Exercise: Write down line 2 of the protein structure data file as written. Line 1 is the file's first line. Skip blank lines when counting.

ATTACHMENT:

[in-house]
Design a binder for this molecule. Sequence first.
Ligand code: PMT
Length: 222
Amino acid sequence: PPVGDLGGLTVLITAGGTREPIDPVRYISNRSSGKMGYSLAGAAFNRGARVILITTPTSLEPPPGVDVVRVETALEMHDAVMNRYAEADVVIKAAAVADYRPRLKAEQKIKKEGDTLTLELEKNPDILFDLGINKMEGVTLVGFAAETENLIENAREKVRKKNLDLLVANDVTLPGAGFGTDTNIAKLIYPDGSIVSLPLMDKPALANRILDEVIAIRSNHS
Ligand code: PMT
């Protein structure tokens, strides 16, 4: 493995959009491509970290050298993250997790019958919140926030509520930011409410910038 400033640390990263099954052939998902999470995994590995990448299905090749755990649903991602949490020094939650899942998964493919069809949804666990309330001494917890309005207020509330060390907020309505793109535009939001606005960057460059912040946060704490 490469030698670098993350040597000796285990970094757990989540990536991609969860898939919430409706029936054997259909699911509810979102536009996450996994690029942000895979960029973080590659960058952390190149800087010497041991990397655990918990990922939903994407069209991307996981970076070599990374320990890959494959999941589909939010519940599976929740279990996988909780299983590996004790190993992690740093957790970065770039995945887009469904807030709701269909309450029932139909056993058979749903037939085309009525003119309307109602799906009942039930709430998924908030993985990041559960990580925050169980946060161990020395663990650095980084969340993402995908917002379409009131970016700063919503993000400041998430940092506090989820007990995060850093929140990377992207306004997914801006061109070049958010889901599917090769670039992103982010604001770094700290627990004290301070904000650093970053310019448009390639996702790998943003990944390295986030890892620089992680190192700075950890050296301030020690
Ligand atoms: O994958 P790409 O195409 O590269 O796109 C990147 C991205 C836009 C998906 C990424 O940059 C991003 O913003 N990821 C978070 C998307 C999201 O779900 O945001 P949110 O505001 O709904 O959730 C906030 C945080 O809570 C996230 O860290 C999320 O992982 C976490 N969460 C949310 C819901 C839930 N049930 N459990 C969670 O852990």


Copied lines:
Design a binder for this molecule. Sequence first.